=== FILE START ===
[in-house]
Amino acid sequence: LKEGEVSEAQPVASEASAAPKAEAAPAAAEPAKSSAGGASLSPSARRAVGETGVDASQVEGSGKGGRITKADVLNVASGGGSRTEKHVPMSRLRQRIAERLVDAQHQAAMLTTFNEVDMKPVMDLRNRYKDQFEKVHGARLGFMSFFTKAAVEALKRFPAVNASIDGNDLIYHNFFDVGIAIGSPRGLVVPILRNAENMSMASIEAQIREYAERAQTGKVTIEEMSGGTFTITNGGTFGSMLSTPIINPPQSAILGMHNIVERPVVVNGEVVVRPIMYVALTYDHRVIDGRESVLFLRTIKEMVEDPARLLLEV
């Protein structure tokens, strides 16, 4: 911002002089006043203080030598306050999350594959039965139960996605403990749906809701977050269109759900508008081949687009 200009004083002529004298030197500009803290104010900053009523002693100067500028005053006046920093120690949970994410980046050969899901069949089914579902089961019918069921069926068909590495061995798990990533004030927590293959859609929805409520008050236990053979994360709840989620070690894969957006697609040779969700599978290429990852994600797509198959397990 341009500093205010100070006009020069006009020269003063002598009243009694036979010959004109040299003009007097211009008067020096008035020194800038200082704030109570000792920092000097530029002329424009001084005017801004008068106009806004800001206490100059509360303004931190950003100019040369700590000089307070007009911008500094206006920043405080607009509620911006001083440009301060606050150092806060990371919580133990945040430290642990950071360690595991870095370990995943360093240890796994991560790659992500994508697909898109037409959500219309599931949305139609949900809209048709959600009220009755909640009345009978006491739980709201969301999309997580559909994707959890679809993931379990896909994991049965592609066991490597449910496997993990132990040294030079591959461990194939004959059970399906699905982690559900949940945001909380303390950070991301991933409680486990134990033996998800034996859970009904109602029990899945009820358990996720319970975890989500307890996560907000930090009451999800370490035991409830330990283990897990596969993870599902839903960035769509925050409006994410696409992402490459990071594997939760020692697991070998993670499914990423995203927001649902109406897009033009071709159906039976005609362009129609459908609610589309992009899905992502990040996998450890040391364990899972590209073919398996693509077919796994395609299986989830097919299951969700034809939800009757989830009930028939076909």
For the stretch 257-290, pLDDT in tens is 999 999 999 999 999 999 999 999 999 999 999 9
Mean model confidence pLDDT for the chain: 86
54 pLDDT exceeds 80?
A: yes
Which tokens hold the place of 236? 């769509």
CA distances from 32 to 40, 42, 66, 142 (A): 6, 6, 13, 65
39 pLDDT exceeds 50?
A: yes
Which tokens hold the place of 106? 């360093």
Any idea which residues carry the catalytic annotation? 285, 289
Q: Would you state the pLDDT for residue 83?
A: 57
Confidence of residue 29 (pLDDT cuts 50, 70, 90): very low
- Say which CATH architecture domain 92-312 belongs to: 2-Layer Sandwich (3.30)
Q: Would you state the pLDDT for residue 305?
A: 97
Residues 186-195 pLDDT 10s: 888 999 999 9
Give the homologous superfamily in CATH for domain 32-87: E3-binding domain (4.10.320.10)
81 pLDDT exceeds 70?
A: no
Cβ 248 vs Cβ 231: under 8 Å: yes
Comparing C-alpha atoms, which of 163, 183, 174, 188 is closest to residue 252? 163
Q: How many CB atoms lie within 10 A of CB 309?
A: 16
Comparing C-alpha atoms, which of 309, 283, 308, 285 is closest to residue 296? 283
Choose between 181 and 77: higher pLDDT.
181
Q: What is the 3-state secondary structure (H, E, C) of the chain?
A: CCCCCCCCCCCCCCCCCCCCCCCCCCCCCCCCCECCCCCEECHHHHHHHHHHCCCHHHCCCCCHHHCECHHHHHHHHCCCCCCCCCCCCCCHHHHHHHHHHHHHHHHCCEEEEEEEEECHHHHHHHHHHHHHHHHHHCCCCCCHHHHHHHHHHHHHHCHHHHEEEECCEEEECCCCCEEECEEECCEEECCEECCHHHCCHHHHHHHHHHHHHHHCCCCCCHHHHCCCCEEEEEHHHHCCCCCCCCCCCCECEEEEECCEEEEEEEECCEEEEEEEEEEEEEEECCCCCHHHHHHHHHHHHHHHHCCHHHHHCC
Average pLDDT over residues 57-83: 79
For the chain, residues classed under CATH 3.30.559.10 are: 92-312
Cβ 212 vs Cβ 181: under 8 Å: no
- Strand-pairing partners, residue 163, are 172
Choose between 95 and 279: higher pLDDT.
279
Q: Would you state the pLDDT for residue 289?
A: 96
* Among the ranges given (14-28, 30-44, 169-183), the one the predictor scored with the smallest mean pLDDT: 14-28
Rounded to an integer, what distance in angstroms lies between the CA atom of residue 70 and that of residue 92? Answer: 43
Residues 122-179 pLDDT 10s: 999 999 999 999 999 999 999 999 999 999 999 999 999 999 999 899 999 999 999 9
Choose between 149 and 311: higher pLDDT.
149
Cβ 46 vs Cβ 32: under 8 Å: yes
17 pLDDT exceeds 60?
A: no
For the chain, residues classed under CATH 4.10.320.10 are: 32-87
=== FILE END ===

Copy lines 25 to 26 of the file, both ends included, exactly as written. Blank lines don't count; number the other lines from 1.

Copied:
Comparing C-alpha atoms, which of 163, 183, 174, 188 is closest to residue 252? 163
Q: How many CB atoms lie within 10 A of CB 309?